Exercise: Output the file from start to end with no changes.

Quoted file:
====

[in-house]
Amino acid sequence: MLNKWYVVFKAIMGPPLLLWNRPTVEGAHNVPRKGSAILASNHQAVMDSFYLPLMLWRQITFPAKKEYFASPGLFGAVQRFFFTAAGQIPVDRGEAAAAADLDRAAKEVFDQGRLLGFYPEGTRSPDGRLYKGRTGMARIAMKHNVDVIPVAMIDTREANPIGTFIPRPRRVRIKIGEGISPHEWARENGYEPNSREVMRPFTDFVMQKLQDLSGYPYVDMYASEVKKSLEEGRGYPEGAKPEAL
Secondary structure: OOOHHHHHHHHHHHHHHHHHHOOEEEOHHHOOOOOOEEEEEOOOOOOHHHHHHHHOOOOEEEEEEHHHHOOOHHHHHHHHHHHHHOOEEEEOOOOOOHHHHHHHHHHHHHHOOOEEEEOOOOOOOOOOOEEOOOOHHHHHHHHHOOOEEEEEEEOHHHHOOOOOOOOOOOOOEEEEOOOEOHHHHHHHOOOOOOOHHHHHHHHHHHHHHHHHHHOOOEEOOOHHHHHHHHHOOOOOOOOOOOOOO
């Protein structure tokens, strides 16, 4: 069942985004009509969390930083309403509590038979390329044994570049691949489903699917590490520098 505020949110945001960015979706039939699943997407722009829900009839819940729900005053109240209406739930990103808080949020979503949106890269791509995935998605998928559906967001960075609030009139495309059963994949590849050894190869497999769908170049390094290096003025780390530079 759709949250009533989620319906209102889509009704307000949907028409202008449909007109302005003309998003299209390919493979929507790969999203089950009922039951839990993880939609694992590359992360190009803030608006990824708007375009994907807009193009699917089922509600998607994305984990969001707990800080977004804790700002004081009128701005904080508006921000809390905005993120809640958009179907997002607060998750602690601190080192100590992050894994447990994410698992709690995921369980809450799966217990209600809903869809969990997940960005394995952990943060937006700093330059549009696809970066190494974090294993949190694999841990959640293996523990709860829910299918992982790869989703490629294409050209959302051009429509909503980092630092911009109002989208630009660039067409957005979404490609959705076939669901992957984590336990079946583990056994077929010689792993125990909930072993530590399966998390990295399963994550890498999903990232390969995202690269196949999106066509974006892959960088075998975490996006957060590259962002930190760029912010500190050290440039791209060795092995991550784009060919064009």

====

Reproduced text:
[in-house]
Amino acid sequence: MLNKWYVVFKAIMGPPLLLWNRPTVEGAHNVPRKGSAILASNHQAVMDSFYLPLMLWRQITFPAKKEYFASPGLFGAVQRFFFTAAGQIPVDRGEAAAAADLDRAAKEVFDQGRLLGFYPEGTRSPDGRLYKGRTGMARIAMKHNVDVIPVAMIDTREANPIGTFIPRPRRVRIKIGEGISPHEWARENGYEPNSREVMRPFTDFVMQKLQDLSGYPYVDMYASEVKKSLEEGRGYPEGAKPEAL
Secondary structure: OOOHHHHHHHHHHHHHHHHHHOOEEEOHHHOOOOOOEEEEEOOOOOOHHHHHHHHOOOOEEEEEEHHHHOOOHHHHHHHHHHHHHOOEEEEOOOOOOHHHHHHHHHHHHHHOOOEEEEOOOOOOOOOOOEEOOOOHHHHHHHHHOOOEEEEEEEOHHHHOOOOOOOOOOOOOEEEEOOOEOHHHHHHHOOOOOOOHHHHHHHHHHHHHHHHHHHOOOEEOOOHHHHHHHHHOOOOOOOOOOOOOO
């Protein structure tokens, strides 16, 4: 069942985004009509969390930083309403509590038979390329044994570049691949489903699917590490520098 505020949110945001960015979706039939699943997407722009829900009839819940729900005053109240209406739930990103808080949020979503949106890269791509995935998605998928559906967001960075609030009139495309059963994949590849050894190869497999769908170049390094290096003025780390530079 759709949250009533989620319906209102889509009704307000949907028409202008449909007109302005003309998003299209390919493979929507790969999203089950009922039951839990993880939609694992590359992360190009803030608006990824708007375009994907807009193009699917089922509600998607994305984990969001707990800080977004804790700002004081009128701005904080508006921000809390905005993120809640958009179907997002607060998750602690601190080192100590992050894994447990994410698992709690995921369980809450799966217990209600809903869809969990997940960005394995952990943060937006700093330059549009696809970066190494974090294993949190694999841990959640293996523990709860829910299918992982790869989703490629294409050209959302051009429509909503980092630092911009109002989208630009660039067409957005979404490609959705076939669901992957984590336990079946583990056994077929010689792993125990909930072993530590399966998390990295399963994550890498999903990232390969995202690269196949999106066509974006892959960088075998975490996006957060590259962002930190760029912010500190050290440039791209060795092995991550784009060919064009």